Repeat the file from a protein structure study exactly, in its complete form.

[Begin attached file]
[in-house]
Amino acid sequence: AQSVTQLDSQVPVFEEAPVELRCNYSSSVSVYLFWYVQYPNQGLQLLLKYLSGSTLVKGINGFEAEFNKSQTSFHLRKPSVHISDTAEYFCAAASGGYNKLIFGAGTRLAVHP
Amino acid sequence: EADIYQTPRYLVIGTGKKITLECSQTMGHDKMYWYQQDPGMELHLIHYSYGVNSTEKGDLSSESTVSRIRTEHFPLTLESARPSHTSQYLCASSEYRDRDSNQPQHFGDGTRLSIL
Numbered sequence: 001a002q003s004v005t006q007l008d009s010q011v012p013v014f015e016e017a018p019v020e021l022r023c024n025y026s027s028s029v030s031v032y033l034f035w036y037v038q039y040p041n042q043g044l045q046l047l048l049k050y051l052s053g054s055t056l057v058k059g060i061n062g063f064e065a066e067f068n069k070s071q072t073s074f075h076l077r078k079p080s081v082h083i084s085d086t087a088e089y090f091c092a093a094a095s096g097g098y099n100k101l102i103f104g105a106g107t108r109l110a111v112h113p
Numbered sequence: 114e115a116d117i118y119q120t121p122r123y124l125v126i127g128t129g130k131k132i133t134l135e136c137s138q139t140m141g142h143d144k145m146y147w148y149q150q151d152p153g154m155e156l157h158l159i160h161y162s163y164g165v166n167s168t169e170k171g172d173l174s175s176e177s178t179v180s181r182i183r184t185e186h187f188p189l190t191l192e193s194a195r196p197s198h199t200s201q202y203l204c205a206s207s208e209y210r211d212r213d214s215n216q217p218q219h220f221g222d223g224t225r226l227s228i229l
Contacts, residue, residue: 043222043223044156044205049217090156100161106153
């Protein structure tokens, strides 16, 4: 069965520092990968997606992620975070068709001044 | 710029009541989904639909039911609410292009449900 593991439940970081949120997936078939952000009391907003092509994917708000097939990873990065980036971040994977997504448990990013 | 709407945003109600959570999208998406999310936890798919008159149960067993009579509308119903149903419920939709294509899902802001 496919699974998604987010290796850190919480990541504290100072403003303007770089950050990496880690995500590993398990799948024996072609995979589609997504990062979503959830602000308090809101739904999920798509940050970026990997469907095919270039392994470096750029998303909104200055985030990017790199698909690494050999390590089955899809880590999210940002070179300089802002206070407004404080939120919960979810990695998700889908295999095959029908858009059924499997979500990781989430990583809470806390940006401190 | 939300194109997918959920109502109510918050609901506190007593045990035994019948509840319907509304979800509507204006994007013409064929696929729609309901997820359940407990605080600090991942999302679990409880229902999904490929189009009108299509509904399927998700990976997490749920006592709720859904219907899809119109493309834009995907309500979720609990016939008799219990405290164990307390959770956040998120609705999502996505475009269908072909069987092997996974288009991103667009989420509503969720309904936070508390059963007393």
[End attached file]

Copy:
[in-house]
Amino acid sequence: AQSVTQLDSQVPVFEEAPVELRCNYSSSVSVYLFWYVQYPNQGLQLLLKYLSGSTLVKGINGFEAEFNKSQTSFHLRKPSVHISDTAEYFCAAASGGYNKLIFGAGTRLAVHP
Amino acid sequence: EADIYQTPRYLVIGTGKKITLECSQTMGHDKMYWYQQDPGMELHLIHYSYGVNSTEKGDLSSESTVSRIRTEHFPLTLESARPSHTSQYLCASSEYRDRDSNQPQHFGDGTRLSIL
Numbered sequence: 001a002q003s004v005t006q007l008d009s010q011v012p013v014f015e016e017a018p019v020e021l022r023c024n025y026s027s028s029v030s031v032y033l034f035w036y037v038q039y040p041n042q043g044l045q046l047l048l049k050y051l052s053g054s055t056l057v058k059g060i061n062g063f064e065a066e067f068n069k070s071q072t073s074f075h076l077r078k079p080s081v082h083i084s085d086t087a088e089y090f091c092a093a094a095s096g097g098y099n100k101l102i103f104g105a106g107t108r109l110a111v112h113p
Numbered sequence: 114e115a116d117i118y119q120t121p122r123y124l125v126i127g128t129g130k131k132i133t134l135e136c137s138q139t140m141g142h143d144k145m146y147w148y149q150q151d152p153g154m155e156l157h158l159i160h161y162s163y164g165v166n167s168t169e170k171g172d173l174s175s176e177s178t179v180s181r182i183r184t185e186h187f188p189l190t191l192e193s194a195r196p197s198h199t200s201q202y203l204c205a206s207s208e209y210r211d212r213d214s215n216q217p218q219h220f221g222d223g224t225r226l227s228i229l
Contacts, residue, residue: 043222043223044156044205049217090156100161106153
């Protein structure tokens, strides 16, 4: 069965520092990968997606992620975070068709001044 | 710029009541989904639909039911609410292009449900 593991439940970081949120997936078939952000009391907003092509994917708000097939990873990065980036971040994977997504448990990013 | 709407945003109600959570999208998406999310936890798919008159149960067993009579509308119903149903419920939709294509899902802001 496919699974998604987010290796850190919480990541504290100072403003303007770089950050990496880690995500590993398990799948024996072609995979589609997504990062979503959830602000308090809101739904999920798509940050970026990997469907095919270039392994470096750029998303909104200055985030990017790199698909690494050999390590089955899809880590999210940002070179300089802002206070407004404080939120919960979810990695998700889908295999095959029908858009059924499997979500990781989430990583809470806390940006401190 | 939300194109997918959920109502109510918050609901506190007593045990035994019948509840319907509304979800509507204006994007013409064929696929729609309901997820359940407990605080600090991942999302679990409880229902999904490929189009009108299509509904399927998700990976997490749920006592709720859904219907899809119109493309834009995907309500979720609990016939008799219990405290164990307390959770956040998120609705999502996505475009269908072909069987092997996974288009991103667009989420509503969720309904936070508390059963007393």